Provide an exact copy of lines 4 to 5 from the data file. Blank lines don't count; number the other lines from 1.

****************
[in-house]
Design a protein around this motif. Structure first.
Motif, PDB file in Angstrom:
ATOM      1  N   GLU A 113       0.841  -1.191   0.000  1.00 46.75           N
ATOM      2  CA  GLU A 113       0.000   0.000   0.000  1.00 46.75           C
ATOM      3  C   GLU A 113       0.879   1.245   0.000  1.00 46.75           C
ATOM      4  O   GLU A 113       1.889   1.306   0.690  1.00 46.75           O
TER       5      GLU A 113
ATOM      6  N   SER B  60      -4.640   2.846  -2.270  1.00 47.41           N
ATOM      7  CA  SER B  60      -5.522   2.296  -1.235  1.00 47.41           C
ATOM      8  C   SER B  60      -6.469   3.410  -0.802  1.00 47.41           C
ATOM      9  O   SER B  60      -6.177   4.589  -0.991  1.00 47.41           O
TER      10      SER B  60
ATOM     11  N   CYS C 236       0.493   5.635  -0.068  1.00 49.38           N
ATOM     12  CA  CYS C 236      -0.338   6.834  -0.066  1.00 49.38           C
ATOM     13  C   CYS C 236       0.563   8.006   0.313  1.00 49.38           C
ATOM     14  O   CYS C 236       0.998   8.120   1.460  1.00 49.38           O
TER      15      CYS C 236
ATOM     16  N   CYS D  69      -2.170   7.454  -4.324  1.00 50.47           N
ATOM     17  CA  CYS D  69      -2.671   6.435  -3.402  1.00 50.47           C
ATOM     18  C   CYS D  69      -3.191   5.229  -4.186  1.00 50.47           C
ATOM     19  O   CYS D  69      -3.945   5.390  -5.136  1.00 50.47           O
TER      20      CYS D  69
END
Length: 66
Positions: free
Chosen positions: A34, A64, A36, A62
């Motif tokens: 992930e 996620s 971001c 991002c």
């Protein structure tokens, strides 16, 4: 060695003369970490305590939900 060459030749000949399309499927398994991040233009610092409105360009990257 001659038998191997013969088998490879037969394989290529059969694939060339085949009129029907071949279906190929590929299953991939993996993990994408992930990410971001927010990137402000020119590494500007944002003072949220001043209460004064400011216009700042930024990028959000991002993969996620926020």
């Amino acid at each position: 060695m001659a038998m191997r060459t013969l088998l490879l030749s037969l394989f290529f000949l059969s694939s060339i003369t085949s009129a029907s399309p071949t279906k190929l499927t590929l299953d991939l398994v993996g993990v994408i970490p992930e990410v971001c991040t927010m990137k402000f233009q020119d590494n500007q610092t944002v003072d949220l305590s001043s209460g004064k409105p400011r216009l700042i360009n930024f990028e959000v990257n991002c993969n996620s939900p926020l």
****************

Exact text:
ATOM      1  N   GLU A 113       0.841  -1.191   0.000  1.00 46.75           N
ATOM      2  CA  GLU A 113       0.000   0.000   0.000  1.00 46.75           C